A: Establishing the gallery was largely motivated by the directional shift I felt in my own career and it has opened up a whole new world of opportunities to collaborate with and learn from many of the wonderful photographers working in the world today. We are fortunate indeed to work with photographers like Donald Weber, Michael Levin, Susan Burnstine and many others. The experience has reinforced my belief in the craftsmanship of printmaking and the value this has to collectors of photography. I see a very strong thread throughout good contemporary photography where photographers are much more personally connected to their subject matter and I am encouraged to see the level of commitment that so many bring to their projects. As for what will sell to collectors, I can only really speak to the market that we are developing which seems to favor what I would call conceptual landscape and urban landscape, abstract or impressionistic photography and documentary. In all cases, collectors want small editions and the quality of the object or print is significant. The printing process a photographer uses needs to make sense within the context of their work.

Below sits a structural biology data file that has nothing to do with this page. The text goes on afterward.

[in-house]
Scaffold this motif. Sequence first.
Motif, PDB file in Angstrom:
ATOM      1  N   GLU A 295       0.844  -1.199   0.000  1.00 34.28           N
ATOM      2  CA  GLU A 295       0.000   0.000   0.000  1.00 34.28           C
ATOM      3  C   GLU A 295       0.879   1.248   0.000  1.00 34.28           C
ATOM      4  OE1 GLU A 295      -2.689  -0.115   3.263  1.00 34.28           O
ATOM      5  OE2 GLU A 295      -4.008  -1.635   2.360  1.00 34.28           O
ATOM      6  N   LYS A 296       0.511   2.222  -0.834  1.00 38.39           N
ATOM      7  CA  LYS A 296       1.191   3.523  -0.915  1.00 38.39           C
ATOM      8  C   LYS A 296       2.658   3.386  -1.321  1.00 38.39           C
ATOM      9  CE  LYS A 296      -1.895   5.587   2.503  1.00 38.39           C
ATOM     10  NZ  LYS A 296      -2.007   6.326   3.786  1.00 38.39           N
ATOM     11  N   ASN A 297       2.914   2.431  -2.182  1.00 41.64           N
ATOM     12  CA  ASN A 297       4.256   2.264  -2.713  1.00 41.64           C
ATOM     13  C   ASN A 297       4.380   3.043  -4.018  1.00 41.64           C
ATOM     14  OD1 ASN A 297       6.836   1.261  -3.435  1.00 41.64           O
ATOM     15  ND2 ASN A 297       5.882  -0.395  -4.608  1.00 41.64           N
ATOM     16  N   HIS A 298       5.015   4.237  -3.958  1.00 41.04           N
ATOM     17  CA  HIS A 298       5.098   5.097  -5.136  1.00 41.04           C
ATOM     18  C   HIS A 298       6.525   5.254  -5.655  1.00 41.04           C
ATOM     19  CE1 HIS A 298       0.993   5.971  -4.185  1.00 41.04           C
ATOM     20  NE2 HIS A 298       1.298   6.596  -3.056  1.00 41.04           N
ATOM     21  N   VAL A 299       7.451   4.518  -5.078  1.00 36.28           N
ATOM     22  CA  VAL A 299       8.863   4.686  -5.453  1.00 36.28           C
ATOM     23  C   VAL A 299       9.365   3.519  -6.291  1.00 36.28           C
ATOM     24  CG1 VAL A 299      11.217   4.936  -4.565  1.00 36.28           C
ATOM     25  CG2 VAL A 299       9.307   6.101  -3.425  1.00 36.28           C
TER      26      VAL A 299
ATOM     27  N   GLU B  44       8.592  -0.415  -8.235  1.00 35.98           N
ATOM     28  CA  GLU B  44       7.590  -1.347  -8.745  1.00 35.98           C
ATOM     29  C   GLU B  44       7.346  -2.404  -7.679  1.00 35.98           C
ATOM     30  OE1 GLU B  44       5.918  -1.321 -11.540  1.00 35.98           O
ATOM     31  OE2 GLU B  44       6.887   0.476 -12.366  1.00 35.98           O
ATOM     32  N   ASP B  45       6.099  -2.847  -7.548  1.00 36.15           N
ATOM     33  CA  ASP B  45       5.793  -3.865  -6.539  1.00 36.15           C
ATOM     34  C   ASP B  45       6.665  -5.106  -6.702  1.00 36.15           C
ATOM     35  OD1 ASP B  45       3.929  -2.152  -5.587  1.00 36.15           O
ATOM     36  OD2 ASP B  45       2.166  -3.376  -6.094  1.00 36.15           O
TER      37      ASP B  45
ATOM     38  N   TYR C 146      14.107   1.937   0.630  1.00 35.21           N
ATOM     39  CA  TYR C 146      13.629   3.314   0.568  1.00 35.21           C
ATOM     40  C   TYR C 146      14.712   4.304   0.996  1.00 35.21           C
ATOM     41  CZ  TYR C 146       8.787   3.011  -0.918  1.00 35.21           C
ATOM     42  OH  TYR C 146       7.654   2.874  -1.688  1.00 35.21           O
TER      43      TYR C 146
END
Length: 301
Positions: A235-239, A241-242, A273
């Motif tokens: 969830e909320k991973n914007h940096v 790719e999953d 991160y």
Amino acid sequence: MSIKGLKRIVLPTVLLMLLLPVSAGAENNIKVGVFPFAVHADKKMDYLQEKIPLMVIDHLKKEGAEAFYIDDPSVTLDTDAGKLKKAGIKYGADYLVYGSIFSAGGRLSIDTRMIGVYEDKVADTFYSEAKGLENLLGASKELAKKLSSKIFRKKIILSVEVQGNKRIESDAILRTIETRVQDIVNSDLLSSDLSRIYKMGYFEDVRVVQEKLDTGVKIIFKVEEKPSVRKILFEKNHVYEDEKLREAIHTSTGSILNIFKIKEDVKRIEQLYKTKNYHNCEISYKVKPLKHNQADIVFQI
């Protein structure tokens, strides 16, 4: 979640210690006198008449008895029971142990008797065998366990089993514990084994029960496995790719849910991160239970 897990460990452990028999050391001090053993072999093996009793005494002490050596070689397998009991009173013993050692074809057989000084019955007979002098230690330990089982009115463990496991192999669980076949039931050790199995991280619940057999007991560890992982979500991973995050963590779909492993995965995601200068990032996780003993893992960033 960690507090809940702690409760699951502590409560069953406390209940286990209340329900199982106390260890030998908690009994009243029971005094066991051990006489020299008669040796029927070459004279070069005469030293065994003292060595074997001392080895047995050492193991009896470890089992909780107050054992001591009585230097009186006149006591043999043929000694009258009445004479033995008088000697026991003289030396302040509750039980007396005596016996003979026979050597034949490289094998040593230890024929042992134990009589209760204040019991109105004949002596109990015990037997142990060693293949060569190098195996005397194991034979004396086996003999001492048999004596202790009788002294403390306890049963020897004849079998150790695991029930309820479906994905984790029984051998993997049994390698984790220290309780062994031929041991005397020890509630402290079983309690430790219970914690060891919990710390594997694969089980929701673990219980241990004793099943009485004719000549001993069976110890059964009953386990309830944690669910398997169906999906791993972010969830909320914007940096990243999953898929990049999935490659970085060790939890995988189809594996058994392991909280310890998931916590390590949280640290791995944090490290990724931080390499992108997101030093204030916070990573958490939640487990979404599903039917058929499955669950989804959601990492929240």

Q: How do you see your photography evolving going forward? We note for example that you have shot some revealing and emotional portraits — have you ever thought of exploring formal portraiture, landscape or nature photography, etc.?

A: Thank you. My practice in photography is certainly shifting and although I’m not a fan of traditional labels in contemporary photography, my evolution is focused on blending my documentary or reportage work with fine art. Specifically, I am very interested in handmade artist books and in photogravure printing, as well as platinum printing. This year a local artist donated a gorgeous Praga etching press to us and in August we will pull our first prints off it using a non-toxic solar-plate, polymer-photogravure process. Portraiture is very interesting to me and I have done a lot for editorial assignments and projects such as the BC People project. One of the side projects I have on the go, is a series of portraits shot with an old 4×5 large format camera. I really enjoy the change in interaction and collaboration that comes with using this format for portraits. I also do some landscape work, but my focus here tends to be on the altered landscape.

Thank you Quinton!

-Leica Internet Team

You can find more of Quinton Gordon’s work on his personal website, http://www.quintongordon.com. You can also see the current exhibitions at the Lúz Gallery on the website, http://www.luzgallery.com, and connect with them on Facebook and Twitter.

Quinton Gordon will also be joining us for three of the Leica Akademie Workshop events: Leica Weekend in Victoria, BC, August 12-14, Leica Street Photography in Seattle, WA, on Saturday, August 20, and Leica M9 Shooting Experience in Vancouver, BC, on Friday, September 9.